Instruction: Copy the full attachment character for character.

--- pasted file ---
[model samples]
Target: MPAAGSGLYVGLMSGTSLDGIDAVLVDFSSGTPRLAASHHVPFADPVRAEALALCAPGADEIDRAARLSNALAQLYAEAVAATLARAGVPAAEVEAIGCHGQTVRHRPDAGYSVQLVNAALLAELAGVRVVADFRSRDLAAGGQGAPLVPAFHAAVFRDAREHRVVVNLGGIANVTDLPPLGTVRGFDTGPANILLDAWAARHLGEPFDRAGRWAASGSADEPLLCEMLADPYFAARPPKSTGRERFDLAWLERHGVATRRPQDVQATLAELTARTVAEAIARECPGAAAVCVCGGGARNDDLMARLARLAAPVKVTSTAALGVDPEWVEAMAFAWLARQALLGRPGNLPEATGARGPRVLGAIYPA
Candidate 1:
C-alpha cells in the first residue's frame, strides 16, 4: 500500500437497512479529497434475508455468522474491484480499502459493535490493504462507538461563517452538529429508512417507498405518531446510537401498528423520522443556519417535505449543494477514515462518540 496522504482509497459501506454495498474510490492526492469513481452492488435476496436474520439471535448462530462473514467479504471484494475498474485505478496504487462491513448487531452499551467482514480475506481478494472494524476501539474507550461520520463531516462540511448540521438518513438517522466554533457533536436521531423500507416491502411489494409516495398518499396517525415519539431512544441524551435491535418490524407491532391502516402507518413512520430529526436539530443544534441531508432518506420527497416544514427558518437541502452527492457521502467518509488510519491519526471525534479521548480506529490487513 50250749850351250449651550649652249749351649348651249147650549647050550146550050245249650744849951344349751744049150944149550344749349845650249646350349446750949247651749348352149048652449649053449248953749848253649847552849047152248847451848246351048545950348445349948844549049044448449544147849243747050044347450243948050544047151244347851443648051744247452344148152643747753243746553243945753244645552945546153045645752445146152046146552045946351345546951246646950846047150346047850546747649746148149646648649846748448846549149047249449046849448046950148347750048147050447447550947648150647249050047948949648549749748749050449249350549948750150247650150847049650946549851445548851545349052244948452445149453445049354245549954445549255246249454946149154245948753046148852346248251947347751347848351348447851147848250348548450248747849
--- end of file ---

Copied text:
[model samples]
Target: MPAAGSGLYVGLMSGTSLDGIDAVLVDFSSGTPRLAASHHVPFADPVRAEALALCAPGADEIDRAARLSNALAQLYAEAVAATLARAGVPAAEVEAIGCHGQTVRHRPDAGYSVQLVNAALLAELAGVRVVADFRSRDLAAGGQGAPLVPAFHAAVFRDAREHRVVVNLGGIANVTDLPPLGTVRGFDTGPANILLDAWAARHLGEPFDRAGRWAASGSADEPLLCEMLADPYFAARPPKSTGRERFDLAWLERHGVATRRPQDVQATLAELTARTVAEAIARECPGAAAVCVCGGGARNDDLMARLARLAAPVKVTSTAALGVDPEWVEAMAFAWLARQALLGRPGNLPEATGARGPRVLGAIYPA
Candidate 1:
C-alpha cells in the first residue's frame, strides 16, 4: 500500500437497512479529497434475508455468522474491484480499502459493535490493504462507538461563517452538529429508512417507498405518531446510537401498528423520522443556519417535505449543494477514515462518540 496522504482509497459501506454495498474510490492526492469513481452492488435476496436474520439471535448462530462473514467479504471484494475498474485505478496504487462491513448487531452499551467482514480475506481478494472494524476501539474507550461520520463531516462540511448540521438518513438517522466554533457533536436521531423500507416491502411489494409516495398518499396517525415519539431512544441524551435491535418490524407491532391502516402507518413512520430529526436539530443544534441531508432518506420527497416544514427558518437541502452527492457521502467518509488510519491519526471525534479521548480506529490487513 50250749850351250449651550649652249749351649348651249147650549647050550146550050245249650744849951344349751744049150944149550344749349845650249646350349446750949247651749348352149048652449649053449248953749848253649847552849047152248847451848246351048545950348445349948844549049044448449544147849243747050044347450243948050544047151244347851443648051744247452344148152643747753243746553243945753244645552945546153045645752445146152046146552045946351345546951246646950846047150346047850546747649746148149646648649846748448846549149047249449046849448046950148347750048147050447447550947648150647249050047948949648549749748749050449249350549948750150247650150847049650946549851445548851545349052244948452445149453445049354245549954445549255246249454946149154245948753046148852346248251947347751347848351348447851147848250348548450248747849